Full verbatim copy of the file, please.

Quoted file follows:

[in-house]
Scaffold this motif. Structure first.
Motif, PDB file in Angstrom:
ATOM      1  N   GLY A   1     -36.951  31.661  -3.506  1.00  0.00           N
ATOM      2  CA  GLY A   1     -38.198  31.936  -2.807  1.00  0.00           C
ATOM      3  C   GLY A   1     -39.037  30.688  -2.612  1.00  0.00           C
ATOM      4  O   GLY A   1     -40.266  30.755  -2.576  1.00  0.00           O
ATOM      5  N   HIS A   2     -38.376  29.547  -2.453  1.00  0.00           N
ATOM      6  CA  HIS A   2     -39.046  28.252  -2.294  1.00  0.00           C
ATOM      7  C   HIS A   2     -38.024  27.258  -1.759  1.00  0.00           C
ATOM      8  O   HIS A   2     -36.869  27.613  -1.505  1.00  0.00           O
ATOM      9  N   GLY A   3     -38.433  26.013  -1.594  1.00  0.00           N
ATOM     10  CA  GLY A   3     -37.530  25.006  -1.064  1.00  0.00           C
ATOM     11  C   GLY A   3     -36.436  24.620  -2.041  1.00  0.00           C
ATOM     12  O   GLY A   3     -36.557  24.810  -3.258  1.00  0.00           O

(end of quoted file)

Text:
[in-house]
Scaffold this motif. Structure first.
Motif, PDB file in Angstrom:
ATOM      1  N   GLY A   1     -36.951  31.661  -3.506  1.00  0.00           N
ATOM      2  CA  GLY A   1     -38.198  31.936  -2.807  1.00  0.00           C
ATOM      3  C   GLY A   1     -39.037  30.688  -2.612  1.00  0.00           C
ATOM      4  O   GLY A   1     -40.266  30.755  -2.576  1.00  0.00           O
ATOM      5  N   HIS A   2     -38.376  29.547  -2.453  1.00  0.00           N
ATOM      6  CA  HIS A   2     -39.046  28.252  -2.294  1.00  0.00           C
ATOM      7  C   HIS A   2     -38.024  27.258  -1.759  1.00  0.00           C
ATOM      8  O   HIS A   2     -36.869  27.613  -1.505  1.00  0.00           O
ATOM      9  N   GLY A   3     -38.433  26.013  -1.594  1.00  0.00           N
ATOM     10  CA  GLY A   3     -37.530  25.006  -1.064  1.00  0.00           C
ATOM     11  C   GLY A   3     -36.436  24.620  -2.041  1.00  0.00           C
ATOM     12  O   GLY A   3     -36.557  24.810  -3.258  1.00  0.00           O